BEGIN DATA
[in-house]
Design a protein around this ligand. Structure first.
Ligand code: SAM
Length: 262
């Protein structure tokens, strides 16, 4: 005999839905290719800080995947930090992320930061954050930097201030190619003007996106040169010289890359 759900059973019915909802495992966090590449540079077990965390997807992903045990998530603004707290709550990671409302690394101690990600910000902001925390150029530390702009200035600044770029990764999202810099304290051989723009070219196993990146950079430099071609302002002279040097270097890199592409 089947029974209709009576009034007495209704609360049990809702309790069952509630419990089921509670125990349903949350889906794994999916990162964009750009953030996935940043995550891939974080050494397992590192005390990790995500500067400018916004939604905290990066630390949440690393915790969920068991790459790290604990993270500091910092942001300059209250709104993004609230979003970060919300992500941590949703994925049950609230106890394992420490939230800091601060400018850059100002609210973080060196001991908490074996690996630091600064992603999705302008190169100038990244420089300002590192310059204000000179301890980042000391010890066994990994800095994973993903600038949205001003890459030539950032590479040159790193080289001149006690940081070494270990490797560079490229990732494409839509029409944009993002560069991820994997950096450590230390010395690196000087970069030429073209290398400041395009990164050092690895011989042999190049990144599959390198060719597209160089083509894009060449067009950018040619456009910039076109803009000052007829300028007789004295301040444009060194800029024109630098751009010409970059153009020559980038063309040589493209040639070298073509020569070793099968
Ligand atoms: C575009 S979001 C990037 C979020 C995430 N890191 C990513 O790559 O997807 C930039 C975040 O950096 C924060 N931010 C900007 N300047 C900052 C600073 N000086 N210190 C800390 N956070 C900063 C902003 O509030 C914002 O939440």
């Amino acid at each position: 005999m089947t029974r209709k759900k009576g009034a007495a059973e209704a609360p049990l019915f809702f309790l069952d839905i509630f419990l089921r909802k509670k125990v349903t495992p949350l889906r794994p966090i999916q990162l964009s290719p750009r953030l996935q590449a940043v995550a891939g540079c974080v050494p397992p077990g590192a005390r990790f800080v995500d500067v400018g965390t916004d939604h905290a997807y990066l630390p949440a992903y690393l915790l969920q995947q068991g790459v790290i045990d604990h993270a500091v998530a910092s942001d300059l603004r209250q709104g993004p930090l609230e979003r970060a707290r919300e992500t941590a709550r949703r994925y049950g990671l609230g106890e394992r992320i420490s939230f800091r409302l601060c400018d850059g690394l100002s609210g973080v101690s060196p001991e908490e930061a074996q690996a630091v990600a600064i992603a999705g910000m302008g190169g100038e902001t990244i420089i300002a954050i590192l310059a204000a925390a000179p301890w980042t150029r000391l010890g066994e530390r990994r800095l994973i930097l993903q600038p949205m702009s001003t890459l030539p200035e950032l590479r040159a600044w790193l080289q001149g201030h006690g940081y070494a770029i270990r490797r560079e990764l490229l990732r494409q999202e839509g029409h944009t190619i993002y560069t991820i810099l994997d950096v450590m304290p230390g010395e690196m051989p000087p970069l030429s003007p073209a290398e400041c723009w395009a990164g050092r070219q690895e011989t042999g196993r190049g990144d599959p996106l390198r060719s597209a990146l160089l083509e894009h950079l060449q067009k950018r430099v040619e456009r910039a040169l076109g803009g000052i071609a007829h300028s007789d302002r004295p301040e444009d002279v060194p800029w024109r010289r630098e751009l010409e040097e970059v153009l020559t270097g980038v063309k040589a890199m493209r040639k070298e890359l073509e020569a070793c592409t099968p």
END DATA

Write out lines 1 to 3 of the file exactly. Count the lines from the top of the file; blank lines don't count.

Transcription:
[in-house]
Design a protein around this ligand. Structure first.
Ligand code: SAM